There are plenty of popular blogs that focus on student loan topics like how to find the best interest rates, the pros and cons of co-signing for your child’s loan, how to use specialized calculators to plan repayment, where to apply for the best deals, and more. The better blogs in this category employ user-friendly themes that allow for simple interaction, are easy on the eyes, and draw us in with their clever, entertaining designs. But the core content on these niche sites is ultimately helpful for anyone seeking to fund a college or graduate school education. You can learn a lot in the blogosphere when it comes to financing your own, or your child’s education.
Here are some of the best lessons currently being discussed on the best of the best loan-related blogs.
How to Apply
It can be confusing for newcomers to fill out a multi-page funding application. Many go into detail, with high-resolution graphics, about how to fill out these sometimes-complex forms. You’ll learn that some lenders don’t use paper forms at all but employ online processes to gather information from applicants. Either way, if you need guidance with this chore, head to your favorite niche blog and find out how to navigate the landscape.
The Advantages of Being a Co-Signer
Many parents co-sign on their children’s contracts when the time comes to borrow for college. This happens for a number of reasons, primarily because older teens don’t have an established credit score. But some parents do so in order to make the process, and acceptance chances, easier for their college-bound children. In fact, when you put your own signature next to theirs, you’re helping your youngsters earn the degrees that will make their dreams come true. If you have confidence in their ability to study and earn good grades, you won’t be putting yourself at financial risk being a student loan cosigner because they’ll be highly employable upon graduation.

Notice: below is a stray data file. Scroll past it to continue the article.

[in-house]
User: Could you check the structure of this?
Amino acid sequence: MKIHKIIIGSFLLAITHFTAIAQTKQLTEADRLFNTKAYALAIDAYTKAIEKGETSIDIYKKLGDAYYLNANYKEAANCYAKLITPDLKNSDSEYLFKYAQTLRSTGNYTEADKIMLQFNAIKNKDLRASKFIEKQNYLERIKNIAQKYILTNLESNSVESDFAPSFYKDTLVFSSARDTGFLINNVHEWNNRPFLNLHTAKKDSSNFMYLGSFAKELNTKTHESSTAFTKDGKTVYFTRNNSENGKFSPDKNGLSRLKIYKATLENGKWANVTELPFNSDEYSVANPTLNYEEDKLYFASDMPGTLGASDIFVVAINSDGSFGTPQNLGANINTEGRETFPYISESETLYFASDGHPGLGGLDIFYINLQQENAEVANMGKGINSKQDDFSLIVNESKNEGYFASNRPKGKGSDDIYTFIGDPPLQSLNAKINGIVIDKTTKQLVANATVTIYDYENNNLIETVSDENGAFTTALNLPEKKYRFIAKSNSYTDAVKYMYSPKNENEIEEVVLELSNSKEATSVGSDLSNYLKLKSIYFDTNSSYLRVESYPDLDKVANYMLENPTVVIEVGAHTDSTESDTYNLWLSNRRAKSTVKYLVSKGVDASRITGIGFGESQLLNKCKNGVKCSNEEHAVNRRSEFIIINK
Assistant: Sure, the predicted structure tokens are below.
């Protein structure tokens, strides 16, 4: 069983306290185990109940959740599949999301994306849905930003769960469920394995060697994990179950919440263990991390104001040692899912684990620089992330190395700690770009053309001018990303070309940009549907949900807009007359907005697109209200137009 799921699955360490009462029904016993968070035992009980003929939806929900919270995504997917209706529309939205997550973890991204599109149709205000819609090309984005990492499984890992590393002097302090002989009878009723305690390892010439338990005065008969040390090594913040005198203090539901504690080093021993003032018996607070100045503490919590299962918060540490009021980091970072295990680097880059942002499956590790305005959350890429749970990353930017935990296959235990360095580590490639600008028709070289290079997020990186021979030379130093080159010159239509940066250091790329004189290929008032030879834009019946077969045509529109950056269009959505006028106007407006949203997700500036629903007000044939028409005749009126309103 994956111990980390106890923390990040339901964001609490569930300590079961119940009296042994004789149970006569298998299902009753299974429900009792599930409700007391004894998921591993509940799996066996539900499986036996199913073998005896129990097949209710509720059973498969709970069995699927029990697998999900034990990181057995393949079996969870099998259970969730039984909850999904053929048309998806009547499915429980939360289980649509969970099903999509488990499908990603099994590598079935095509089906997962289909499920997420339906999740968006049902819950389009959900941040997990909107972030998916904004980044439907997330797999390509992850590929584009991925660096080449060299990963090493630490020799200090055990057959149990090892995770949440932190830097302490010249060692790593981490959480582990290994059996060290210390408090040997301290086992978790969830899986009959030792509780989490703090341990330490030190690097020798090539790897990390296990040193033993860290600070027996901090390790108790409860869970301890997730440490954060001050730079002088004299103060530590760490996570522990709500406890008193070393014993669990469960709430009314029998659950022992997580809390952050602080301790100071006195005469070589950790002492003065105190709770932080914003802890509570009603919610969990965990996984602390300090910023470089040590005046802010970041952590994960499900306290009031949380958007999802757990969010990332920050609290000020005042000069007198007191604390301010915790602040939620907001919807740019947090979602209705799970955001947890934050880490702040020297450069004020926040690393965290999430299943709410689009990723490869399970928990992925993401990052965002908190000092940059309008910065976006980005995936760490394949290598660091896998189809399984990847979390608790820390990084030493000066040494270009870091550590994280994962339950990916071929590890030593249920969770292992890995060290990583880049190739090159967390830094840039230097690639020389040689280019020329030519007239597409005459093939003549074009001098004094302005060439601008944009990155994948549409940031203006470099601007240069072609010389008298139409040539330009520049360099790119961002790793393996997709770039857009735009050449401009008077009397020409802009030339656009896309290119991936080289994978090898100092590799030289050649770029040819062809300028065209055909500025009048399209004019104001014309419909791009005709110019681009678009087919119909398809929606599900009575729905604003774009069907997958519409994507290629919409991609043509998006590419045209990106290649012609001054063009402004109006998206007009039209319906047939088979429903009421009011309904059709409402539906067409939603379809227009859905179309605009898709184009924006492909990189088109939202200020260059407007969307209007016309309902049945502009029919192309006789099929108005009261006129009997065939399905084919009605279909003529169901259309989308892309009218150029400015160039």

Deciding How Much to Borrow
Some people opt to apply for the largest loan they can qualify for, which usually covers tuition, books, room, board, and fees. But if you have some savings tucked away for the cause, consider funding a percentage of your degree. That way, you’ll automatically eliminate perhaps a year or two of your repayment period, enjoy lower monthly payments, and will feel less of a financial burden upon graduation.
Shopping for Grants
Closely tied to the topic of borrowing money for school is the active grant market. If you’re willing to spend some time and a small amount of money for professional help, it’s likely you will be able to locate at least one grant. This is money that you never have to pay back, which is the very best kind! Before you begin hunting for grants, narrow your focus a bit by checking for donors who specialize in various subjects, like music study, engineering, or health care careers. If you or your child is headed into a nursing program, for example, begin your grant search among the many organizations that sponsor nursing majors.